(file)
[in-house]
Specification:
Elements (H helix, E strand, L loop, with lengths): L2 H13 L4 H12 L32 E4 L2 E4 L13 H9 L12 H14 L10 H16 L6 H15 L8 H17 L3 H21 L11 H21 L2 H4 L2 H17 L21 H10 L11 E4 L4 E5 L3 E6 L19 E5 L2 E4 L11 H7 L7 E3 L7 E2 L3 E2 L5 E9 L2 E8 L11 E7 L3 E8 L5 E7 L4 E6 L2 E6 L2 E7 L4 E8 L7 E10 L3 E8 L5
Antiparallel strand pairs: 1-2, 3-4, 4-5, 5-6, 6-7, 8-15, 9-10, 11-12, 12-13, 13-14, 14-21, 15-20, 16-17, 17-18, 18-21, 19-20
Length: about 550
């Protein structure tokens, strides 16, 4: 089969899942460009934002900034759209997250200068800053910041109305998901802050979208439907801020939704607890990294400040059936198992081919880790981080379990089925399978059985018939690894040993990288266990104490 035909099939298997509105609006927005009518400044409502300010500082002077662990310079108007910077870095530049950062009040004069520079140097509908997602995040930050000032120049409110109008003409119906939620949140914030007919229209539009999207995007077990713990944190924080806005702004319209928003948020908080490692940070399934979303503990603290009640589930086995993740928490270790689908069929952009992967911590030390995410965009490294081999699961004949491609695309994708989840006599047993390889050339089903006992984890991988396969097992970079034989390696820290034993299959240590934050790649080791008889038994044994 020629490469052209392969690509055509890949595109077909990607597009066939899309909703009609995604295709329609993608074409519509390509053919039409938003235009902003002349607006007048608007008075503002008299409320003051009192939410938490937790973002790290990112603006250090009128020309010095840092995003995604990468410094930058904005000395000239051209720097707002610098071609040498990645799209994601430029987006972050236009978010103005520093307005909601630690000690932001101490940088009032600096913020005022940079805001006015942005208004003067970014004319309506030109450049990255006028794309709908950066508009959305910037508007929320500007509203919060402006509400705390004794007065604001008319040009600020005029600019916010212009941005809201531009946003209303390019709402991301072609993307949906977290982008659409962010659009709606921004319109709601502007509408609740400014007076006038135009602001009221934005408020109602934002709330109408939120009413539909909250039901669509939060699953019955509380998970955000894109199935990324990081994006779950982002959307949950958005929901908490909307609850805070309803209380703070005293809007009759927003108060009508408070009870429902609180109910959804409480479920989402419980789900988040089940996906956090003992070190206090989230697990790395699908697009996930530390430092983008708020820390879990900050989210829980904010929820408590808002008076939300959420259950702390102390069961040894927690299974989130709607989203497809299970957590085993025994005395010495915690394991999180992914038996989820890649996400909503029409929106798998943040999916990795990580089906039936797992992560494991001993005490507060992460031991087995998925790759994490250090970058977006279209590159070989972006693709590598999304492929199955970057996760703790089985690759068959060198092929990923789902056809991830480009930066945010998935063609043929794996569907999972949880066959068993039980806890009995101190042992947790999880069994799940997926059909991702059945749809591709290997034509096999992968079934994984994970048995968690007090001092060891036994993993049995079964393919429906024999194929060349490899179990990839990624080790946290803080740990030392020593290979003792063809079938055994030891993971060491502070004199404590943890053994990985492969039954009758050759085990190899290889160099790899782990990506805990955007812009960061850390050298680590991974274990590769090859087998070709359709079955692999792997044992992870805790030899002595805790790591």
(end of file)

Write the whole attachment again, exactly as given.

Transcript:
[in-house]
Specification:
Elements (H helix, E strand, L loop, with lengths): L2 H13 L4 H12 L32 E4 L2 E4 L13 H9 L12 H14 L10 H16 L6 H15 L8 H17 L3 H21 L11 H21 L2 H4 L2 H17 L21 H10 L11 E4 L4 E5 L3 E6 L19 E5 L2 E4 L11 H7 L7 E3 L7 E2 L3 E2 L5 E9 L2 E8 L11 E7 L3 E8 L5 E7 L4 E6 L2 E6 L2 E7 L4 E8 L7 E10 L3 E8 L5
Antiparallel strand pairs: 1-2, 3-4, 4-5, 5-6, 6-7, 8-15, 9-10, 11-12, 12-13, 13-14, 14-21, 15-20, 16-17, 17-18, 18-21, 19-20
Length: about 550
């Protein structure tokens, strides 16, 4: 089969899942460009934002900034759209997250200068800053910041109305998901802050979208439907801020939704607890990294400040059936198992081919880790981080379990089925399978059985018939690894040993990288266990104490 035909099939298997509105609006927005009518400044409502300010500082002077662990310079108007910077870095530049950062009040004069520079140097509908997602995040930050000032120049409110109008003409119906939620949140914030007919229209539009999207995007077990713990944190924080806005702004319209928003948020908080490692940070399934979303503990603290009640589930086995993740928490270790689908069929952009992967911590030390995410965009490294081999699961004949491609695309994708989840006599047993390889050339089903006992984890991988396969097992970079034989390696820290034993299959240590934050790649080791008889038994044994 020629490469052209392969690509055509890949595109077909990607597009066939899309909703009609995604295709329609993608074409519509390509053919039409938003235009902003002349607006007048608007008075503002008299409320003051009192939410938490937790973002790290990112603006250090009128020309010095840092995003995604990468410094930058904005000395000239051209720097707002610098071609040498990645799209994601430029987006972050236009978010103005520093307005909601630690000690932001101490940088009032600096913020005022940079805001006015942005208004003067970014004319309506030109450049990255006028794309709908950066508009959305910037508007929320500007509203919060402006509400705390004794007065604001008319040009600020005029600019916010212009941005809201531009946003209303390019709402991301072609993307949906977290982008659409962010659009709606921004319109709601502007509408609740400014007076006038135009602001009221934005408020109602934002709330109408939120009413539909909250039901669509939060699953019955509380998970955000894109199935990324990081994006779950982002959307949950958005929901908490909307609850805070309803209380703070005293809007009759927003108060009508408070009870429902609180109910959804409480479920989402419980789900988040089940996906956090003992070190206090989230697990790395699908697009996930530390430092983008708020820390879990900050989210829980904010929820408590808002008076939300959420259950702390102390069961040894927690299974989130709607989203497809299970957590085993025994005395010495915690394991999180992914038996989820890649996400909503029409929106798998943040999916990795990580089906039936797992992560494991001993005490507060992460031991087995998925790759994490250090970058977006279209590159070989972006693709590598999304492929199955970057996760703790089985690759068959060198092929990923789902056809991830480009930066945010998935063609043929794996569907999972949880066959068993039980806890009995101190042992947790999880069994799940997926059909991702059945749809591709290997034509096999992968079934994984994970048995968690007090001092060891036994993993049995079964393919429906024999194929060349490899179990990839990624080790946290803080740990030392020593290979003792063809079938055994030891993971060491502070004199404590943890053994990985492969039954009758050759085990190899290889160099790899782990990506805990955007812009960061850390050298680590991974274990590769090859087998070709359709079955692999792997044992992870805790030899002595805790790591």